The law on Japanese Knotweed

The law on Japanese Knotweed

Japanese Knotweed is considered an invasive non-native species. After being introduced to Britain as an ornamental garden plant during the 19th century it is now widespread and has become established in the wild. Whilst it is not an offence to simply have it growing in your garden, it is an offence, under section 14(2) of the Wildlife and Countryside Act 1981, to “plant or otherwise cause to grow in the wild” any plant listed in Schedule nine, Part II to the Act, which includes Japanese Knotweed. In Scotland, the Wildlife and Natural Environment (Scotland) Act 2011 came into force in July 2012 and superseded the Wildlife and Countryside Act 1981. This act states that it is an offence to spread intentionally or unintentionally Japanese Knotweed (or other non-native invasive species).

Committing an offence under these acts can result in criminal prosecution. You could face a fine of up to £5000 and/or 6 months’ imprisonment if found guilty in a magistrates court, and up to 2 years’ imprisonment and /or an unlimited fine in a crown court. Your mortgage lender can legally refuse your mortgage if Japanese Knotweed is recorded on yours or a nearby property and you can be sued for damages and costs if you allow Japanese Knotweed to spread from your property to an adjacent landowner.

Any Japanese Knotweed plant material and soil contaminated with Japanese Knotweed that you intend to dispose of is likely to be classified as “controlled waste” under the Environmental Protection Act 1990 and must therefore be disposed of at an appropriately licensed landfill.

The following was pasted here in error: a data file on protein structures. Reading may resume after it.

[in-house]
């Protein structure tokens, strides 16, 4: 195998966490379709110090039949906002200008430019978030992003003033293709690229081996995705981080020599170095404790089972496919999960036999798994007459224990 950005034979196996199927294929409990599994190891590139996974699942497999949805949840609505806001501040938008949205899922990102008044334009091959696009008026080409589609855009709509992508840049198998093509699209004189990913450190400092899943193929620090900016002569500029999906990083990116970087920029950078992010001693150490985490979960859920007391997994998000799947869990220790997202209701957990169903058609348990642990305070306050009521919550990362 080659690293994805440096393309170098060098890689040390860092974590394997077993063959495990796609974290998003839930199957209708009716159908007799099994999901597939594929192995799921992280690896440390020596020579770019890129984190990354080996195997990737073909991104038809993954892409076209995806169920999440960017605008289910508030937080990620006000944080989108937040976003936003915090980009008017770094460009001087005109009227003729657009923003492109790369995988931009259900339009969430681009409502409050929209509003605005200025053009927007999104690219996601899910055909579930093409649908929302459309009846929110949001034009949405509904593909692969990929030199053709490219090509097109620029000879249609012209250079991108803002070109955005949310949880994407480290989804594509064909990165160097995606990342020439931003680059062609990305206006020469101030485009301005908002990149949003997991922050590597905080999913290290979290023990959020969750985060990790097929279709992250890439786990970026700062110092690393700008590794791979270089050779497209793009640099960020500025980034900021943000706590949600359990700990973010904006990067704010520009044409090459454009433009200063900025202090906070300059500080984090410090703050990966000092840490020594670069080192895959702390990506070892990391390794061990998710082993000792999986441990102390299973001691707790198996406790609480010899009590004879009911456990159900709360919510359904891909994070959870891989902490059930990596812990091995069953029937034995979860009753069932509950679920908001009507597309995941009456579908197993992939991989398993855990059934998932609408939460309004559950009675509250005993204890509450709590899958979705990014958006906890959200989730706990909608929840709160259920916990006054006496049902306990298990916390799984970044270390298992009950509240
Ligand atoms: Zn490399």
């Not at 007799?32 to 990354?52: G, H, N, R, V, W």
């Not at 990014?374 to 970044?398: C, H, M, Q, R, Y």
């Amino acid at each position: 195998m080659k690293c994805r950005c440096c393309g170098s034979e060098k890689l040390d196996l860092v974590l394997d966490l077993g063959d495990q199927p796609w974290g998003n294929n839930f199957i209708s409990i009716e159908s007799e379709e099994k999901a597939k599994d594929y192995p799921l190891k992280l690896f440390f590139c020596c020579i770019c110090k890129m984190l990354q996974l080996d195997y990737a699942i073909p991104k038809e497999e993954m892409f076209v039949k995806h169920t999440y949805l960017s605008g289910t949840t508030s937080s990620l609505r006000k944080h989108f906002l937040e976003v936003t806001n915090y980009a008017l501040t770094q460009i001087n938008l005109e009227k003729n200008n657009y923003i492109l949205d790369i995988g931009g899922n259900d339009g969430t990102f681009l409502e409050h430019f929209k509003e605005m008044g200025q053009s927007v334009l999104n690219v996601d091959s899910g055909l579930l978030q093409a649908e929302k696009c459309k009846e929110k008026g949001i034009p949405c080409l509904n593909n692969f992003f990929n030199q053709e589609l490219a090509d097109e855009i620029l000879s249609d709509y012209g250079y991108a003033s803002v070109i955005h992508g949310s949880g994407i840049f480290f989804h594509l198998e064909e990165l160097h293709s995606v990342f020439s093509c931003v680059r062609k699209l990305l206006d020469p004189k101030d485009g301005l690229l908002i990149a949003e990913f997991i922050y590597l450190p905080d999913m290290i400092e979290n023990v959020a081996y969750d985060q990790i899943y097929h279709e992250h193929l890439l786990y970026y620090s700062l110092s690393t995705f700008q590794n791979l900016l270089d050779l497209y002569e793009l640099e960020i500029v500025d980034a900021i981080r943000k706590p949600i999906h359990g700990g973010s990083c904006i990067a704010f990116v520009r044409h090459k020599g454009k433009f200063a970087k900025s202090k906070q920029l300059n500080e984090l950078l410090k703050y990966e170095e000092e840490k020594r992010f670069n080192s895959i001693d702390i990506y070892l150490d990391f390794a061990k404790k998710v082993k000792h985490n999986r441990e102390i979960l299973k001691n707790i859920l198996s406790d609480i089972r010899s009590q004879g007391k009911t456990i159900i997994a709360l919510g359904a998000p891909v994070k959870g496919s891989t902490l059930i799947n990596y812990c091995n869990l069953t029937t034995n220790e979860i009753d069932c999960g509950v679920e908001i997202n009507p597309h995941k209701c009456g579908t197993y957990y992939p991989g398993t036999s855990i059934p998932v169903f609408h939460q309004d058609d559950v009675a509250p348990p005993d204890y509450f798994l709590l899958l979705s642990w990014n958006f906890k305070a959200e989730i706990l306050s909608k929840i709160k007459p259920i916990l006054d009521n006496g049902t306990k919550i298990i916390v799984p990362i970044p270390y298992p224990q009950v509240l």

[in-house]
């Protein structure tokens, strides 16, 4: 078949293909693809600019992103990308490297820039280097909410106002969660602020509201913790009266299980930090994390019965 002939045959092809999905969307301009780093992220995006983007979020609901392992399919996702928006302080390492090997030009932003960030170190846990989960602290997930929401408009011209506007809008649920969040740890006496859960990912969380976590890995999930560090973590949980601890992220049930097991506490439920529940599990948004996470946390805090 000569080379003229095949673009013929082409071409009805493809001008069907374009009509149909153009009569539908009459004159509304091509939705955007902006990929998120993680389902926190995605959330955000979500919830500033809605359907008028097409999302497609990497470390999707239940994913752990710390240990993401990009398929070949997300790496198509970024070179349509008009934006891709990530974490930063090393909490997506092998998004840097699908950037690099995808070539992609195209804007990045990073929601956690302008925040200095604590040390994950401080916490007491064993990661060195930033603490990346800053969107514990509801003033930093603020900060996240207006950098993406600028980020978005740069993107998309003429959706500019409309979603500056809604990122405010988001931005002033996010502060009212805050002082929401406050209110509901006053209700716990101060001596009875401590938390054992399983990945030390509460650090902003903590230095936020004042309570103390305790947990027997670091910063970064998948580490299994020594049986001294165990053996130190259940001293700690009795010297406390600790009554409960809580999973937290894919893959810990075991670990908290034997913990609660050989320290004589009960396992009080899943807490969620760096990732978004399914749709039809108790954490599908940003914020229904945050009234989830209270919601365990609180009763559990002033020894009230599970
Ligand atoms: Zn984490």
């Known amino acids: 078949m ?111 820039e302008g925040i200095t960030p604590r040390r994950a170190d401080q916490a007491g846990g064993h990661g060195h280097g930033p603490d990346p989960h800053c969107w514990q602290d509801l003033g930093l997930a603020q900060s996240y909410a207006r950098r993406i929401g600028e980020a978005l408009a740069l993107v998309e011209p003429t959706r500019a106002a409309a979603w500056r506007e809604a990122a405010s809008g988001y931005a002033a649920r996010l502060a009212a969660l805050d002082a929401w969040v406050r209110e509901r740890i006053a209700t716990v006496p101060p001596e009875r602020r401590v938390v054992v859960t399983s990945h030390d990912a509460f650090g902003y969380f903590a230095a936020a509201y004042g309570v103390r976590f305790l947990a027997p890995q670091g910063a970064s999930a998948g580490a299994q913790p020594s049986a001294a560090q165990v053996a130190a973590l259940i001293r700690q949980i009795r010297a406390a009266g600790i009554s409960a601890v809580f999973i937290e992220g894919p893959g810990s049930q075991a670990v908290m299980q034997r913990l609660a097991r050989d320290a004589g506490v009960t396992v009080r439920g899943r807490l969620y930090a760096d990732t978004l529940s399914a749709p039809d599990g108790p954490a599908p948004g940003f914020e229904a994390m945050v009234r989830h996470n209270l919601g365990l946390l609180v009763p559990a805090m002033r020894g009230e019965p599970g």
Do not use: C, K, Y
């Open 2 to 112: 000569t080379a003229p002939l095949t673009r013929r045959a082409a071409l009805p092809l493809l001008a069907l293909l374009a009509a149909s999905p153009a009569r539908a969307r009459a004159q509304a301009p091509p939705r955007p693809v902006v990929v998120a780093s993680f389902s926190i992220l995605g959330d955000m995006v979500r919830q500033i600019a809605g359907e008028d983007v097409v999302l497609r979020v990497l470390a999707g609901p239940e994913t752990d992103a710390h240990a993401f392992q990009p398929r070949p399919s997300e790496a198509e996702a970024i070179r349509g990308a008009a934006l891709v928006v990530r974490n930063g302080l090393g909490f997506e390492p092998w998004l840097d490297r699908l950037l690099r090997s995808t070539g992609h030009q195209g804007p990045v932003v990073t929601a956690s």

The Control of Pesticides Regulations 1986 require any person who uses a pesticide to take all reasonable precautions to protect the health of human beings, creatures and plants, safeguard the environment and in particular avoid the pollution of water. Approval from the Environment Agency/SEPA should be sought before application of pesticides in or near water. Material containing Japanese Knotweed that has been treated with certain herbicides may also be regarded as “hazardous waste” under the Hazardous Waste Regulations 2005.

Did you know?

“At the Olympic site in East London the RHS reports the cost of removing and disposing of Japanese Knotweed to be estimated at £70 million.”
The Environment Agency calls Japanese Knotweed “indisputably the UK’s most aggressive, destructive and invasive plant”

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